This past Sunday marked the start of our Winter Shelter, and the season started off right with a beautiful Shelter Dinner hosted by our Outreach SLG. We had about a dozen members of Old First there to greet our guests, and we all enjoyed the delicious meal headed up by Billi as head chef.
The relaxed atmosphere at our first Shelter Dinner is pretty different from the last time I led the Saturday Breakfast, back on October 24th.
That morning we were blessed (or cursed) to have the entire Penn softball team come to volunteer. The team was great, and we were able to use their extra hands to clean the storage boxes and bed mats that our shelter guests use, but at times I felt like I was just spinning in circles answering questions from different volunteers.
We gave out all eighty tickets for the breakfast within the first fifteen minutes of offering them. People continued to knock on the door long after we announced that we were out of tickets, and when we opened the doors at 9:30 and started serving, we quickly discovered that some of the guests had come in through the front doors of the church, or talked their way in past the two nice softball players who were tasked with turning people away. Regardless of how people got seated, we definitely ended up serving around 90 people.
I don’t say any of this to complain, or to discourage you from volunteering. Far from it! But these two different experiences are very clear examples of the opposite ends of what we try to build every week through our Outreach programs: COMMUNITY.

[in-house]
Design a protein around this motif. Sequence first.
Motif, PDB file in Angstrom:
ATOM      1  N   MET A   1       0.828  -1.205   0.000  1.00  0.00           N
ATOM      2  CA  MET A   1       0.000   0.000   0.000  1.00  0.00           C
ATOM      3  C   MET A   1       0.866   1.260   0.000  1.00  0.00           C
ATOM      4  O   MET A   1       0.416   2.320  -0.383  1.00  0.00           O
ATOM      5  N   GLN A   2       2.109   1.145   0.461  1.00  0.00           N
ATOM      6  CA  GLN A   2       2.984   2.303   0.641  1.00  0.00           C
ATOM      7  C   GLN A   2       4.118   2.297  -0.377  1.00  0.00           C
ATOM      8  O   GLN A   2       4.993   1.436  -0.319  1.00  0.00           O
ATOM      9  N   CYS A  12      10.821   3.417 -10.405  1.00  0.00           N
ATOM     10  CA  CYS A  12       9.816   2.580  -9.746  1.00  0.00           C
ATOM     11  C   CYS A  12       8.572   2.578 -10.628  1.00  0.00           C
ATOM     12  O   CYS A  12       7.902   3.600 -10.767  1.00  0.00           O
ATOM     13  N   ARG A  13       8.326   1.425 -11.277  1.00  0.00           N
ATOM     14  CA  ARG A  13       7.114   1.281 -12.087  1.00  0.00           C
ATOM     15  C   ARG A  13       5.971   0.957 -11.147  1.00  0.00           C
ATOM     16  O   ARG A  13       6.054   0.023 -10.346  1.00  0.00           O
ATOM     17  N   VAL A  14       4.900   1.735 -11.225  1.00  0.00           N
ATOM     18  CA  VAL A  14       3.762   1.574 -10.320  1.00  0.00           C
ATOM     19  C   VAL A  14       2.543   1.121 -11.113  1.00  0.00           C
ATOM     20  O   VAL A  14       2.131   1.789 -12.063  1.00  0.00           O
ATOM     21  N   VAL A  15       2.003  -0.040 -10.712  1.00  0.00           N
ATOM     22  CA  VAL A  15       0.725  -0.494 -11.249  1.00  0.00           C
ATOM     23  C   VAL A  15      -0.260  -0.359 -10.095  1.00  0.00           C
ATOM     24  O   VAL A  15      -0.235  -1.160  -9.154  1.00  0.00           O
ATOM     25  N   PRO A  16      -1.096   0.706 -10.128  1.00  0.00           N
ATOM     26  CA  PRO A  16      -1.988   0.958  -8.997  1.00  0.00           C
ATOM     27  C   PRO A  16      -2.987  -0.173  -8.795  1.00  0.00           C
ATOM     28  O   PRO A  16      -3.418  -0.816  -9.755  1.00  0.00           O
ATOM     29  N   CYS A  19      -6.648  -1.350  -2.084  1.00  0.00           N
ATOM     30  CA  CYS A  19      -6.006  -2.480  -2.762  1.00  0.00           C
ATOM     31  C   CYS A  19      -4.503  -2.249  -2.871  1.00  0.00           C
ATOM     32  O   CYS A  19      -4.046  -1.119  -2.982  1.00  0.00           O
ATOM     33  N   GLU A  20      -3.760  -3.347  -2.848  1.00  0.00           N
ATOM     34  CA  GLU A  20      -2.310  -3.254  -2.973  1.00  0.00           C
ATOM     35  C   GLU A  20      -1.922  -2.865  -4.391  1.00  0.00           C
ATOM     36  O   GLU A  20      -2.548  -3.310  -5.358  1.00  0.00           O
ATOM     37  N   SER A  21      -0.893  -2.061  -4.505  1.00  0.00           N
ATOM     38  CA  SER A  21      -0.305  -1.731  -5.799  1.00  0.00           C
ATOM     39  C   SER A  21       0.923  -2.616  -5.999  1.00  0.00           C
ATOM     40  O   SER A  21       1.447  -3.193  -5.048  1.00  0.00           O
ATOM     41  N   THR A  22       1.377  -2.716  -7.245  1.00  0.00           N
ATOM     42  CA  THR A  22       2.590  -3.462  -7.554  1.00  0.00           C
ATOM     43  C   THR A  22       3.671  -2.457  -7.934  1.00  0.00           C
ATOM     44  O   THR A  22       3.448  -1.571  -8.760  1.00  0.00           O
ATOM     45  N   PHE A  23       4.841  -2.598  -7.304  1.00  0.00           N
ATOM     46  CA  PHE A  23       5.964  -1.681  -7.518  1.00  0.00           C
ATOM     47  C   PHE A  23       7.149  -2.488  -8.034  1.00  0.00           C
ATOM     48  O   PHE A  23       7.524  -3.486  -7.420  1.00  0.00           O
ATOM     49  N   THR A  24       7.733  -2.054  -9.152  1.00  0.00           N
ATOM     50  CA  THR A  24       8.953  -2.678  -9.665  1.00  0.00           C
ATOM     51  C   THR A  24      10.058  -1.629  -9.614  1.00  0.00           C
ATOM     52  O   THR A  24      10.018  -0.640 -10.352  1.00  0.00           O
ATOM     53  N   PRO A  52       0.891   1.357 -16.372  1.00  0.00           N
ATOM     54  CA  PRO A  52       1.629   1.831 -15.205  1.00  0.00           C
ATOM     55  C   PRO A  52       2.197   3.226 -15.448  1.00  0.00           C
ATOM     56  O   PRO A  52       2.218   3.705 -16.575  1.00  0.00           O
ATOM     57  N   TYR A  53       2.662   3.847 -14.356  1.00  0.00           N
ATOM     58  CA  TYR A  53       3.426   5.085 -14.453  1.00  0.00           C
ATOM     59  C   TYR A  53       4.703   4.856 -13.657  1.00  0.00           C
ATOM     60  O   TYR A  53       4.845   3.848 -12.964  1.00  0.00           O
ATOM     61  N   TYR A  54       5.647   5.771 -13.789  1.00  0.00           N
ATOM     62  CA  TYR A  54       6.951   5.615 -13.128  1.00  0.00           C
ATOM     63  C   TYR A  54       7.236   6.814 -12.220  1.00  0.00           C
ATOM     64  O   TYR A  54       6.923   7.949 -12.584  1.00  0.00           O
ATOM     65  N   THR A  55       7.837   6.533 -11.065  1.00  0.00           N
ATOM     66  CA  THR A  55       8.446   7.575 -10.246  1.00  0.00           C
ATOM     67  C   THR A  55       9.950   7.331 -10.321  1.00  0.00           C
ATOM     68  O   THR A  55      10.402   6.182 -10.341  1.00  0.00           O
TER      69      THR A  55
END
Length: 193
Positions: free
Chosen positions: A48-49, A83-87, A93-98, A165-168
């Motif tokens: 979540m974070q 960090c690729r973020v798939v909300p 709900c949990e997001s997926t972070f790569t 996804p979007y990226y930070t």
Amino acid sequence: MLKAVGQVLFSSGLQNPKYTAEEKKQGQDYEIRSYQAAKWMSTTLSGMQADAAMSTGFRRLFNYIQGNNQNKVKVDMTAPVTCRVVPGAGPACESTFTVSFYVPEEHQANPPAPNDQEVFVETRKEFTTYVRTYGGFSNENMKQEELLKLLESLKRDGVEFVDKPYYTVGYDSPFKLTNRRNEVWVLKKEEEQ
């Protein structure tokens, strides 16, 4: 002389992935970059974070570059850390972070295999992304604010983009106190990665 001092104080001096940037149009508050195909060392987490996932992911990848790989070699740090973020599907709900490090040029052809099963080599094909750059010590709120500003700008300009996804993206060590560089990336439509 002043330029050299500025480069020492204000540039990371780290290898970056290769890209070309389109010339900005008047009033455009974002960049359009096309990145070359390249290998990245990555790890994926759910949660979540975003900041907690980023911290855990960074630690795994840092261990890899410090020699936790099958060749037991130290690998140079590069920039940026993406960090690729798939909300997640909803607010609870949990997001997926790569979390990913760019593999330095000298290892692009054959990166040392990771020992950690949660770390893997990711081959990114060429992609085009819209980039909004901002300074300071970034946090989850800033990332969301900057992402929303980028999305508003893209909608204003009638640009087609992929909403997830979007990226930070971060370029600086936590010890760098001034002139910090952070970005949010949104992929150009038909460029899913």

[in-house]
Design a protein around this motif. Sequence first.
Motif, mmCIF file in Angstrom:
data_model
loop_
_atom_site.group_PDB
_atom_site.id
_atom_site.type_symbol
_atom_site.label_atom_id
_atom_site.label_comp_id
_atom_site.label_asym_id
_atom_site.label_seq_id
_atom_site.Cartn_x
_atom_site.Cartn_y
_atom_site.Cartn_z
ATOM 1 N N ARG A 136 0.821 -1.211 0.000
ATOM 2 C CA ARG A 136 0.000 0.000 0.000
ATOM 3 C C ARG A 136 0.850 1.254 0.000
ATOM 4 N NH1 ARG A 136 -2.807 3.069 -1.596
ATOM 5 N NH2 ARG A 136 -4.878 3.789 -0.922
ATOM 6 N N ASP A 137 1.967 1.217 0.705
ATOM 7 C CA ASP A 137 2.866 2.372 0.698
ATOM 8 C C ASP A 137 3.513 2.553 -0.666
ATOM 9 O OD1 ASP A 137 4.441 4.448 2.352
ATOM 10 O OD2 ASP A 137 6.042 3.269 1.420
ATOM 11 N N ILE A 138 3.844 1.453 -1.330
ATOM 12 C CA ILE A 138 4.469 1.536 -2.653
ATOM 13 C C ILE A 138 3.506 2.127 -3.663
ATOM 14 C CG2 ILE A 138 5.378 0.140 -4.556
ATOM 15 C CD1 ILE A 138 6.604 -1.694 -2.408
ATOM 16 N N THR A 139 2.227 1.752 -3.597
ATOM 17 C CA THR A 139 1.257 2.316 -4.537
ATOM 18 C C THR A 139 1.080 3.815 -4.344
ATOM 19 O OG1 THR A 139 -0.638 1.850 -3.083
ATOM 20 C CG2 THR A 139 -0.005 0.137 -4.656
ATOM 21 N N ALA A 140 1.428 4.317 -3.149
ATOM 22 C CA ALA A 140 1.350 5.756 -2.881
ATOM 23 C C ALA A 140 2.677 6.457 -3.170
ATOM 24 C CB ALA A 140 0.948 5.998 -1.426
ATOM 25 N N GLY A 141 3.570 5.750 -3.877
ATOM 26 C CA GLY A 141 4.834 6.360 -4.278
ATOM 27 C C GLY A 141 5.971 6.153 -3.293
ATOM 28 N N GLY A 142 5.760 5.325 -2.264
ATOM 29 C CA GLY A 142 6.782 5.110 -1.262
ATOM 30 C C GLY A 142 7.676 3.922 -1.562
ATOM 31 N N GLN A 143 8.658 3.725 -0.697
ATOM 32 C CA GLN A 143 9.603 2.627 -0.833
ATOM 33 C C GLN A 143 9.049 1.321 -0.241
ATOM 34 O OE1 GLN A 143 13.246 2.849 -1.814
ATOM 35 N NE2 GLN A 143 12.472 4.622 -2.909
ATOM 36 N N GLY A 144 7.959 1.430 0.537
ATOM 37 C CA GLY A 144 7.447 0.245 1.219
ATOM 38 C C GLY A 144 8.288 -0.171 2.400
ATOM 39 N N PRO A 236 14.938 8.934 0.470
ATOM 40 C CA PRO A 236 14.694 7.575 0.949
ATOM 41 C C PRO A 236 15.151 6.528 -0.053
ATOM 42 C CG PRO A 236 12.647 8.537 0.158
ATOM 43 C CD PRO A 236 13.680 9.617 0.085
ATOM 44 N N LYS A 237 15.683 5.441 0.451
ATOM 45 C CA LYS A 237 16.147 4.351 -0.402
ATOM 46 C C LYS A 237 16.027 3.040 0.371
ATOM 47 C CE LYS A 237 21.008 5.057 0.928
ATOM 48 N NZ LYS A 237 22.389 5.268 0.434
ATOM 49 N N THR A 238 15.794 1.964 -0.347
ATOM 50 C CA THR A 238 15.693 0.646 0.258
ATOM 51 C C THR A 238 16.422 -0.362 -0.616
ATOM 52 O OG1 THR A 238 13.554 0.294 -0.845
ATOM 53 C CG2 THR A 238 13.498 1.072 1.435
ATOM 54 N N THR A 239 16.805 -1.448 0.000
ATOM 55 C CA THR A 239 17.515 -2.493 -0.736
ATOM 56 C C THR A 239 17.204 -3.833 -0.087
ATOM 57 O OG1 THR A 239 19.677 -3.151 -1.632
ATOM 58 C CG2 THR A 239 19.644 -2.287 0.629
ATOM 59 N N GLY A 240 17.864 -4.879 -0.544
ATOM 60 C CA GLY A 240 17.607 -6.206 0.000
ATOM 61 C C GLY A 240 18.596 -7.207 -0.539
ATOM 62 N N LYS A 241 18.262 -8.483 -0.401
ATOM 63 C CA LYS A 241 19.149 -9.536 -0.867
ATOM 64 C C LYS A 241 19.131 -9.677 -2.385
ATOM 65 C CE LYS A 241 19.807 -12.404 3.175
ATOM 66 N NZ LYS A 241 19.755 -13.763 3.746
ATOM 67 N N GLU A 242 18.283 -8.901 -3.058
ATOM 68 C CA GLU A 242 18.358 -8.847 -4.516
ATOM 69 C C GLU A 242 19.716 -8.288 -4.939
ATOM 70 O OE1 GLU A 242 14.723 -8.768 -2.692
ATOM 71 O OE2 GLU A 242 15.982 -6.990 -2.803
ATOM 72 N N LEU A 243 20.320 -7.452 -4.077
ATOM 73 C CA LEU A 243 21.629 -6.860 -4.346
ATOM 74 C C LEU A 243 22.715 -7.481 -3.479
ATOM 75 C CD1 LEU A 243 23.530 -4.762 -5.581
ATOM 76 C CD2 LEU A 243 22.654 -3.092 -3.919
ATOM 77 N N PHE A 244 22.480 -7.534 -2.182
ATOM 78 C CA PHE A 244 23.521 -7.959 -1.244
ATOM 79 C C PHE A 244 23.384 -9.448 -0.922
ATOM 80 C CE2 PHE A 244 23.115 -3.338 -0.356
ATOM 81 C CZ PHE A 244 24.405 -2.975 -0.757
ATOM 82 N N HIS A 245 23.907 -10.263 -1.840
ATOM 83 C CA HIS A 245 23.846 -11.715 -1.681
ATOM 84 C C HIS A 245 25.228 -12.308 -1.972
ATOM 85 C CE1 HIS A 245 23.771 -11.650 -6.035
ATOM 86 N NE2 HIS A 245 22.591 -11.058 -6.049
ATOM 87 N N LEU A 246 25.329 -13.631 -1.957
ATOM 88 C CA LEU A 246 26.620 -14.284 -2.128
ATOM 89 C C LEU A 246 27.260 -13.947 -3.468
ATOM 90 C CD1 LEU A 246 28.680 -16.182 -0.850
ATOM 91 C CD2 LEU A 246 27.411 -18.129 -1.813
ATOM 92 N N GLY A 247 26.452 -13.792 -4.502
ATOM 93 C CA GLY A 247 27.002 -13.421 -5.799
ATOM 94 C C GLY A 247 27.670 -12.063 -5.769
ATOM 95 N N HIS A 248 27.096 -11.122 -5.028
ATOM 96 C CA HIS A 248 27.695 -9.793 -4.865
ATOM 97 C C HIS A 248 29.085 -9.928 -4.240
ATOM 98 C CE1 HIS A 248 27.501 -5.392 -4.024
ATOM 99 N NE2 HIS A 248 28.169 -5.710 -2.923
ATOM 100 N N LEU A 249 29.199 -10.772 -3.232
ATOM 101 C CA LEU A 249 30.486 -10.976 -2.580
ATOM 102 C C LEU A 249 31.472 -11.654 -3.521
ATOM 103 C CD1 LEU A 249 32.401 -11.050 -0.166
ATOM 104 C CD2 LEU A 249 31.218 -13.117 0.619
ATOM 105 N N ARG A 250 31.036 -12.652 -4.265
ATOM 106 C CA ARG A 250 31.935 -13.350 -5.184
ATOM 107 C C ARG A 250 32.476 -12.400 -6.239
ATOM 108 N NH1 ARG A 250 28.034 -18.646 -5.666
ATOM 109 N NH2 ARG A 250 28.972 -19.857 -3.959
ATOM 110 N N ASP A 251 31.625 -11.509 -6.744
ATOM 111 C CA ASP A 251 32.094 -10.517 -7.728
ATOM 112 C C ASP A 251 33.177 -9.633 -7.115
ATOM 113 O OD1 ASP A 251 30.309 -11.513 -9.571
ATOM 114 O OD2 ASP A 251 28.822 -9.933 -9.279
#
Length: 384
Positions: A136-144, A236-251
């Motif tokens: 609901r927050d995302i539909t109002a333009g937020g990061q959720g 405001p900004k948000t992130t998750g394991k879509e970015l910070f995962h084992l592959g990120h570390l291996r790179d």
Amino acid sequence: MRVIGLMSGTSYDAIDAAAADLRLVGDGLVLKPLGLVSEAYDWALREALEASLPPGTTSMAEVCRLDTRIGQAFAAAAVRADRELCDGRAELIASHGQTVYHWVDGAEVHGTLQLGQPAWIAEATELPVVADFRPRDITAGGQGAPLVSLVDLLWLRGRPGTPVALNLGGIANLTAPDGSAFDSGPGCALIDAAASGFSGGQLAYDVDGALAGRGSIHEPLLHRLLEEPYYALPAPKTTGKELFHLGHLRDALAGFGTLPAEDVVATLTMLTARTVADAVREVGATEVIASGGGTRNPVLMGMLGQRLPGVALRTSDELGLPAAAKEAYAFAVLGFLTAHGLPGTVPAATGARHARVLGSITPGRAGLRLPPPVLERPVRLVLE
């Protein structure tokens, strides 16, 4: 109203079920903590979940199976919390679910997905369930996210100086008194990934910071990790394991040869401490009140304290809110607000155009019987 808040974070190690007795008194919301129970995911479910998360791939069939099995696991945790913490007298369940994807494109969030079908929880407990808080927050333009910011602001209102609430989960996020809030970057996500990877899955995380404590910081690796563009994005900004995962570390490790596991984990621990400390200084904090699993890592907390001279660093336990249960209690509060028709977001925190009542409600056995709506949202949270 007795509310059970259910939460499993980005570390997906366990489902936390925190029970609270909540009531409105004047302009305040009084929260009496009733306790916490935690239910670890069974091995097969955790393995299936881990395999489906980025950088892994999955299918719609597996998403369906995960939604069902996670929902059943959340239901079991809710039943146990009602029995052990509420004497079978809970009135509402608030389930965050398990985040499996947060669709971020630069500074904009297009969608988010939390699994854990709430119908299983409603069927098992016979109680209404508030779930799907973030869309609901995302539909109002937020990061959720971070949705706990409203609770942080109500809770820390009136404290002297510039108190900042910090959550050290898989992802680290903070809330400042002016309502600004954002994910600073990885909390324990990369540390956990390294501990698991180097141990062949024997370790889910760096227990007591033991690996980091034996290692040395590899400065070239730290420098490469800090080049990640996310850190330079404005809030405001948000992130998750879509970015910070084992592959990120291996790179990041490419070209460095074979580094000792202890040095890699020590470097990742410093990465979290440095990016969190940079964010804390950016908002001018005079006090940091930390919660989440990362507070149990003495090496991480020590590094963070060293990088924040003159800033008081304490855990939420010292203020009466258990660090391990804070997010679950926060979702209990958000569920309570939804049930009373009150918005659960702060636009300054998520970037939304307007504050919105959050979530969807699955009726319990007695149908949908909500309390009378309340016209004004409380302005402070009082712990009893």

Every Saturday morning, and several evenings a week, we have the opportunity to build a community that is pretty unique in the Philly Old City. A community of people from diverse class backgrounds, who all come in need of something and all have something to give. The more time I spend in our Outreach programs, the more I feel like a member of this community.
I won’t pretend that all our differences are erased: We never leave our economic privileges at the door, and Old First does these ministries because we live in an economic system that creates vast inequalities in wealth, housing, education, and safety. Maybe one day the differences between us will vanish, but that day is not soon.
Nevertheless, we can be a community. Sometimes community is smooth sailing, and sometimes it storms. Sometimes it is easy, and sometimes it is overwhelming. I am reminded how frequently Jesus fought with his community – disciples, family, crowds of supporters, and ultimately the religious and political authorities of his community. But despite these difficulties, or maybe because of them, we are called to continually invest ourselves in building a new community. And day after day, on stressful Saturday mornings and calm Sunday evenings, we see glimpses of a new community through the Outreach work at Old First.
I’ll leave you with some questions —
~ Where in your life do you see community?
~ Where do you see storms and calm weather in the life of your community?
~ How are you being called to engage in deepening your community?
See you in church,